There are all sorts of great reasons to visit Brazil, South America’s largest country, from the beautiful beaches along along the country’s 5,000 mile coast line to the nature of the Amazon rain forest and the Pantanal wetlands. From the delicious cuisine and regional specialties the caipirinha cocktail, the country’s national social drink. From the high fashion, folk art, and jewelry to the adventures of Iguassu Falls and Sugar Loaf Mountain. There’s a long list of things to see and do in Brazil, and that list is going to get even longer in the coming years.
In 2014 Brazil will host the World Cup finals, and as the only country that has participated in ALL World Cup tournaments, winning five (more than any other country), you just know that this will be an epic event. The venue for the finals are allocated between 12 cities: Belo Horizonte, Brasilia, Cuiaba, Curitiba, Fortaleza, Manaus, Natal, Porto Alegre, Recife, Rio de Janeiro, Salvador, and Sao Paulo. The opening match will be held at the new Corinthians Stadium in Sao Paulo, and the final match will be held in the Maracana Stadium (in photo above) in Rio, which was also the site of the 1950 World Cup final. The World Cup dates are June 12-July 26th, 2014.
But World Cup isn’t the only exciting event coming up in Brazil. In 2016, Rio hosts the Summer Olympics, or more properly, the Games of the XXXI Olympiad. These will be the first Olympic Games held in South America, with dates for the games set for August 5th-21st. The venues for the games will be located if four zones: Copacabana Beach, Maracana, (home to the 2014 World Cup final), Deodoro, and Barra da Tijuca, which will also house athletes in the Olympic Village. The Rio 2016 Summer Olympic Games will be followed by the 2016 Summer Paralympics held in the same venues. The Paralympics, for athletes with physical disabilities, began in 1948 with a small group of British WWII veterans. Since then it has grown into a multi-national competition held in parallel with the Olympic Games. The Paralympic dates are September 7-18th, 2016.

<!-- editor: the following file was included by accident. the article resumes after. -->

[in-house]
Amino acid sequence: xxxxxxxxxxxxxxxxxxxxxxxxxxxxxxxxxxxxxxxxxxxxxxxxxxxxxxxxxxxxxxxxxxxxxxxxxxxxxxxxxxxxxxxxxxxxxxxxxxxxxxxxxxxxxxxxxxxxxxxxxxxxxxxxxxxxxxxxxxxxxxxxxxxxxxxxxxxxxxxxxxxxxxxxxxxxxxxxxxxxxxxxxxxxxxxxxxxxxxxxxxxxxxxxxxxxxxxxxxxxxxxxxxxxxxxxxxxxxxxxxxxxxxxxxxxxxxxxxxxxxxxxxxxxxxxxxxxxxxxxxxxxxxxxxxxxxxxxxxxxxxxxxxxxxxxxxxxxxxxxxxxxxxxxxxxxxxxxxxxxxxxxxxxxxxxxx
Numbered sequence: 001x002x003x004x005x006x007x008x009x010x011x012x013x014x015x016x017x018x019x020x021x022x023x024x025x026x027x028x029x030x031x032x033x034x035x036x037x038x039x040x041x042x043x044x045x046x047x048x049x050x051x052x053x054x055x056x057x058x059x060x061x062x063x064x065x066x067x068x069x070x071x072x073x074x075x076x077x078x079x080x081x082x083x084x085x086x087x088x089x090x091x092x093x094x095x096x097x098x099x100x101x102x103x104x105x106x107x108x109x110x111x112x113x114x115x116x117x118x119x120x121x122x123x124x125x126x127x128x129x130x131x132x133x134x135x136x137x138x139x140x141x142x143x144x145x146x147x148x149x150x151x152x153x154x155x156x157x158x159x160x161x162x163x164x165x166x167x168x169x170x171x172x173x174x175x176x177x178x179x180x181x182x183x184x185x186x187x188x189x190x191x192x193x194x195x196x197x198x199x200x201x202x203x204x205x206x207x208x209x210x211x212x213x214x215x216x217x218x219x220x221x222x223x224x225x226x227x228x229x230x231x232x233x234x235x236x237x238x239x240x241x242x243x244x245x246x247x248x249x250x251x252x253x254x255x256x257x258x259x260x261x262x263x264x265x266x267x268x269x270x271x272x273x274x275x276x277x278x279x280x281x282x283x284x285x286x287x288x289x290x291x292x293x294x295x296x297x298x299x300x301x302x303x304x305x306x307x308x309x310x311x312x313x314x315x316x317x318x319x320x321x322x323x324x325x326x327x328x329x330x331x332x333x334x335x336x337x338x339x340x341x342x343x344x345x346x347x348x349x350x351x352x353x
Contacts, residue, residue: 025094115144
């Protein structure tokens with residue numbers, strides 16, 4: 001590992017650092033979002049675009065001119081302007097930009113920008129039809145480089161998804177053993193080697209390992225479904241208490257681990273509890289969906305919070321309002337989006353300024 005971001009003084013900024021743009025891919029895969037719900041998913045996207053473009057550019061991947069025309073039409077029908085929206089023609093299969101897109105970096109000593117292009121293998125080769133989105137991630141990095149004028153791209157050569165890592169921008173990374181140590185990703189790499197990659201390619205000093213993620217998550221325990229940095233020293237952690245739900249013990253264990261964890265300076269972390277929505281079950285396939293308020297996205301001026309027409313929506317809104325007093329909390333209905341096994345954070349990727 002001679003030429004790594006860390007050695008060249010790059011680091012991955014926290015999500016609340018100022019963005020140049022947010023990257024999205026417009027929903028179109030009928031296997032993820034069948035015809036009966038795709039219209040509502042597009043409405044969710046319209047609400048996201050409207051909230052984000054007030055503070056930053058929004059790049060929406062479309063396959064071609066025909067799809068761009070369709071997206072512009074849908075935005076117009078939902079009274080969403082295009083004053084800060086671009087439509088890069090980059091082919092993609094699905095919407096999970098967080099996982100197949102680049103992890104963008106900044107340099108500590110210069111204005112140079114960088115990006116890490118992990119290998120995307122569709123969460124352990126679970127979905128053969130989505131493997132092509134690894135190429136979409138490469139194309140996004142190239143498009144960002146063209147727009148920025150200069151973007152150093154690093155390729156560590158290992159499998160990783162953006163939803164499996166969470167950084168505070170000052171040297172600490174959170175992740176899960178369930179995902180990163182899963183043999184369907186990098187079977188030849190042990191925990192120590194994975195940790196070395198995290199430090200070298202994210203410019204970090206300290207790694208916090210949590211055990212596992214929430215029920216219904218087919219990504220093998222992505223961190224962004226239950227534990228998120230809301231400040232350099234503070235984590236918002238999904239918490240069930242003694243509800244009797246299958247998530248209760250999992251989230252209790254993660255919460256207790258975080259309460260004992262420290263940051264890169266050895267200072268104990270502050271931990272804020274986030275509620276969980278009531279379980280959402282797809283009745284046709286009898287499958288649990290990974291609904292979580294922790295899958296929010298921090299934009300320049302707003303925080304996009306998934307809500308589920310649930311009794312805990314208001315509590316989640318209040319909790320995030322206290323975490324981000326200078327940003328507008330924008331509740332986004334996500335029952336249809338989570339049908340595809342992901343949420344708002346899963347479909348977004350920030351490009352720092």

Getting to Brazil, let alone getting tickets to any of these sporting events, will be a lesson in patience. Here is some noteworthy information that will help you plan your trip to Brazil.
- The months of June through September are considered fall and winter months in Brazil, and although the country has generally year round tropical climate, in the southern part of the country (where Rio is) can be more severe.
- Brazil has generally high standards of public health, but consider your health situation and consult with your personal physician and the Centers for Disease Control for specific recommendations for any shots or other considerations required.
- The official currency is the real, or reais (the plural), and is issued in 1, 2, 5, 10, 20, 50, and 100 bills, and 1, 5, 10, 25, and 50 cent coins. ATMs can be found at the airport, so it may be easier to get money once you arrive rather than buy foreign currency at home. Always check for fees for all foreign currency transactions. The current exchange rate is $1.00 equals R$1.72.
- International credit cards are generally accepted. In smaller towns and markets you will likely need local currency.
- Several airlines fly into Sao Paulo and Rio, with convenient connections through major US hubs.
- A trip to a sporting event can be an expensive undertaking. Check your insurance policies, and you may also want to protect your travel investment with travel insurance.
You will need your passport and a visa to travel to Brazil. Brazil is not a visa waiver country, although we can keep hoping that is resolved soon, so there are plenty of hoops for you to jump through. An entry visa is required for all Americans traveling to Brazil (as is required for Brazilians traveling to the U.S.). You can obtain the visa at one of the Brazilian consulates or embassies located in the U.S., and the process should take anywhere between 2-15 days, although in peak season it will take longer. The visa must be activated within 90 days of issue, meaning you must enter Brazil within that time, and once activated it is good for multiple entries over 5 years. If you arrive in Brazil without a visa, you will be denied entry into the country. The cost of the visa is $130.
Photo credit: Vladimir H. Ribeiro via wikimedia
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Mary Jo Manzanares is a founder and the editor-in-chief of The Traveler’s Way, an online travel magazine proving informational and inspirational travel recommendations for curious Baby Boomer travelers. She has been a speaker at various industry events and has a personal travel blog at Traveling with MJ. When she’s not traveling, Mary Jo likes lingering over a cup of coffee, wandering in a museum, sipping wine at a cafe, and sharing it all with friends and readers. Mary Jo’s top travel destinations are Italy, Portugal, and the Caribbean.